When policy meets reality: the new 18-hour on-call shift policy and the Israeli anesthesia workforce crisis

The Israel Anesthesiology Workforce Study Group

Research output: Contribution to journalArticlepeer-review


Background: The Israeli physician workforce faces multiple challenges. These include planned policies reducing physician on-call from 26 to 18 h and, from 2026, allowing only graduates of Ministry of Health approved foreign medical schools to take the Israeli licensing examination and an ongoing physician shortage (2019: Israel had 3.19 physicians/1000 persons vs. OECD average of 3.49 physicians/1000 persons). This study examines the potential impact of these planned policies on the Israeli anesthesiology workforce. Methods: Surveys conducted among 34 public and private Israeli hospital anesthesiology department chairs collected data on their department's number of weekday on-call anesthesiologists and current shortage of anesthesiologists. A subsequent survey collected data on each anesthesiologist in the workforce, including the country where they studied medicine. Results: Each weekday night there were 114 on-call anesthesiologists; 72 residents and 42 attendings. Using productive work coefficients, this translates to 104 resident and 51 attending anesthesiologists. Furthermore, 21 departments had existing anesthesia workforce shortages totaling 110 anesthesiologists. There were 873 anesthesiologists from non-OECD countries whose medical schools are not accredited by the World Federation for Medical Education, of whom 332 were residents (61.9% of residents). Only 20.1% of anesthesiology residents were Israeli medical school graduates. Conclusions: Descriptive survey data assessed the immediate and long-term consequences for the healthcare system and anesthesiology workforce of two new Health Ministry policies. Implementing the 18-h policy will immediately remove from the daytime workforce 155 anesthesiologists and who will be unavailable to staff elective surgery operating rooms. This will compound the current national shortage of 110 anesthesiologists. It is unclear how to replace this shortfall since there are no surplus Israeli physicians and very few Israeli graduates choose anesthesiology as a specialty. This situation will be exacerbated after 2026 when graduates of certain foreign medical schools will be unable to enter the medical workforce, further reducing the pool of potential anesthesiology residents. Both policies were promulgated without adequate operational and budgetary planning or fiscal or workforce resources; implementation of the 18-h on-call policy has already been postponed. Therefore, new or updated policies must be accompanied by specific operational plans, budgetary allocations and funds for additional workforce.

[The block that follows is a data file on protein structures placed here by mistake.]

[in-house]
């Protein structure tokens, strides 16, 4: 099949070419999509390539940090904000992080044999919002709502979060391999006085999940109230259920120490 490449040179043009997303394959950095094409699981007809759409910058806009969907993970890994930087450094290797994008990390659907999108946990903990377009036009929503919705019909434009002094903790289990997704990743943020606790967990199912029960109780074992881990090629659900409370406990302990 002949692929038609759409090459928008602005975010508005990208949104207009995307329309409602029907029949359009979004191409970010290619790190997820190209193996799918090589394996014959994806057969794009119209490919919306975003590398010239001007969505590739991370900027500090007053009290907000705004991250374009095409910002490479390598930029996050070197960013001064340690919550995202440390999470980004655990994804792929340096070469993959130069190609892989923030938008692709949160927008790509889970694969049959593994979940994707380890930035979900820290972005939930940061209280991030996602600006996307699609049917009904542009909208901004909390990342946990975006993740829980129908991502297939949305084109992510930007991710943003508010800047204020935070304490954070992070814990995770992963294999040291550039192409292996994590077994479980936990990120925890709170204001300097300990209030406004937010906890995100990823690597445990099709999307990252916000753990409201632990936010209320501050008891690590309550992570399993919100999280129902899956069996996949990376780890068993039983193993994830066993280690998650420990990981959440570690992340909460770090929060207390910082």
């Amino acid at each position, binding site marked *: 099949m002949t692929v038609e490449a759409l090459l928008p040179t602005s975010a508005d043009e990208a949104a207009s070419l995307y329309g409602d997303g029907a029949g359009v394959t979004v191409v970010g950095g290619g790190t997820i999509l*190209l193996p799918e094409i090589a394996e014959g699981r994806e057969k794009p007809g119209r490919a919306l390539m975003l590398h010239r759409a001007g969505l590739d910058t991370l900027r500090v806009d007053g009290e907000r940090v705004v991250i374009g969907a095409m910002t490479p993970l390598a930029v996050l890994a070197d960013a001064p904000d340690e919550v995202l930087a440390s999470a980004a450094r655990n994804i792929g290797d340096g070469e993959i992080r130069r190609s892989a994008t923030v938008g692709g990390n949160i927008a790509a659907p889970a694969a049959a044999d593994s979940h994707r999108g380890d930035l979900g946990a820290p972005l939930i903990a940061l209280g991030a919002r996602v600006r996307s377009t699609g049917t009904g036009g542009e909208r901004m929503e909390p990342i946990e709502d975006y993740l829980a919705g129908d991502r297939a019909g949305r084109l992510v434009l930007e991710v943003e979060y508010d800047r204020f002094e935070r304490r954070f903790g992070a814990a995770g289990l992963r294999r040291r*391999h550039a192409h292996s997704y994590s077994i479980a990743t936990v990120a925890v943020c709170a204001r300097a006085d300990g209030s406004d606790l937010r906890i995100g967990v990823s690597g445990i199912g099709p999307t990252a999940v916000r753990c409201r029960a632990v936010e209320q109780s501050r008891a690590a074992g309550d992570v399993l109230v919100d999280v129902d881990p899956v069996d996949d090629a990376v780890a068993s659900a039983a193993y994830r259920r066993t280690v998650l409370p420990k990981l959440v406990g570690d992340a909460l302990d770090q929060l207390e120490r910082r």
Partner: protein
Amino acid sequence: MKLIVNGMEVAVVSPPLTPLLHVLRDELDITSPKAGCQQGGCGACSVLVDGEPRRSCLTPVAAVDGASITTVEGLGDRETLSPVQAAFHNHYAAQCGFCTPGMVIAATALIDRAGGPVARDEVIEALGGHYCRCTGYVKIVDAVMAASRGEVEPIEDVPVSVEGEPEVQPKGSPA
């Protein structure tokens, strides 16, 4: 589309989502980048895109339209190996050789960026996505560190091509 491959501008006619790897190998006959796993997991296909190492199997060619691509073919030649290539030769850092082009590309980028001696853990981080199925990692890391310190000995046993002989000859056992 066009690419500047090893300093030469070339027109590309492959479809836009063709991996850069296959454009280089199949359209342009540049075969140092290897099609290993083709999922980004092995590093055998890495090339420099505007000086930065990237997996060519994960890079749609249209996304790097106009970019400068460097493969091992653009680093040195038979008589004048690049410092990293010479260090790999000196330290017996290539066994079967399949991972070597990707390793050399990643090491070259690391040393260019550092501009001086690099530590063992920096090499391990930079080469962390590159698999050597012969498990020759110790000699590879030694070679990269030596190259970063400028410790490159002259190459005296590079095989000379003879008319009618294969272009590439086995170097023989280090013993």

Original languageEnglish
Article number8
JournalIsrael Journal of Health Policy Research
Issue number1
StatePublished - Dec 2023


  • Anesthesiology
  • Healthcare policy
  • On-call hours
  • Physician workforce
  • Policy implementation


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